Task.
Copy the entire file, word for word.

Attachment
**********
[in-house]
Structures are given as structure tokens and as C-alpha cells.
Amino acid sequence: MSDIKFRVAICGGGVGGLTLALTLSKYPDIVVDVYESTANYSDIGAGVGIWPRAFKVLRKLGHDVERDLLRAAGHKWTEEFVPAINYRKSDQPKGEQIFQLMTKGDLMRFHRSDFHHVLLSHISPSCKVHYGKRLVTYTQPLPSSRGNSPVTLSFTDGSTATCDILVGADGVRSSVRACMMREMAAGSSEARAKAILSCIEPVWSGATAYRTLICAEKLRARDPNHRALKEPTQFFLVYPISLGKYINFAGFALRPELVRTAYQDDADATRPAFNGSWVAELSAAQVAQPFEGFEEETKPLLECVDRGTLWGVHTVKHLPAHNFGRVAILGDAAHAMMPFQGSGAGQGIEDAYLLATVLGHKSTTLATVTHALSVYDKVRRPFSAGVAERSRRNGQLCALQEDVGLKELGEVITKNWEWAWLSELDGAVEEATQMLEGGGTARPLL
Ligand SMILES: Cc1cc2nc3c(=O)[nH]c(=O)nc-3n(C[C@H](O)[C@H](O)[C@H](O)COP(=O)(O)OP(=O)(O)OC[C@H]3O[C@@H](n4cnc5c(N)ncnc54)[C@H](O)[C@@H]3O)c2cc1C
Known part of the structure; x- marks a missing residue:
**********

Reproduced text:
[in-house]
Structures are given as structure tokens and as C-alpha cells.
Amino acid sequence: MSDIKFRVAICGGGVGGLTLALTLSKYPDIVVDVYESTANYSDIGAGVGIWPRAFKVLRKLGHDVERDLLRAAGHKWTEEFVPAINYRKSDQPKGEQIFQLMTKGDLMRFHRSDFHHVLLSHISPSCKVHYGKRLVTYTQPLPSSRGNSPVTLSFTDGSTATCDILVGADGVRSSVRACMMREMAAGSSEARAKAILSCIEPVWSGATAYRTLICAEKLRARDPNHRALKEPTQFFLVYPISLGKYINFAGFALRPELVRTAYQDDADATRPAFNGSWVAELSAAQVAQPFEGFEEETKPLLECVDRGTLWGVHTVKHLPAHNFGRVAILGDAAHAMMPFQGSGAGQGIEDAYLLATVLGHKSTTLATVTHALSVYDKVRRPFSAGVAERSRRNGQLCALQEDVGLKELGEVITKNWEWAWLSELDGAVEEATQMLEGGGTARPLL
Ligand SMILES: Cc1cc2nc3c(=O)[nH]c(=O)nc-3n(C[C@H](O)[C@H](O)[C@H](O)COP(=O)(O)OP(=O)(O)OC[C@H]3O[C@@H](n4cnc5c(N)ncnc54)[C@H](O)[C@@H]3O)c2cc1C
Known part of the structure; x- marks a missing residue: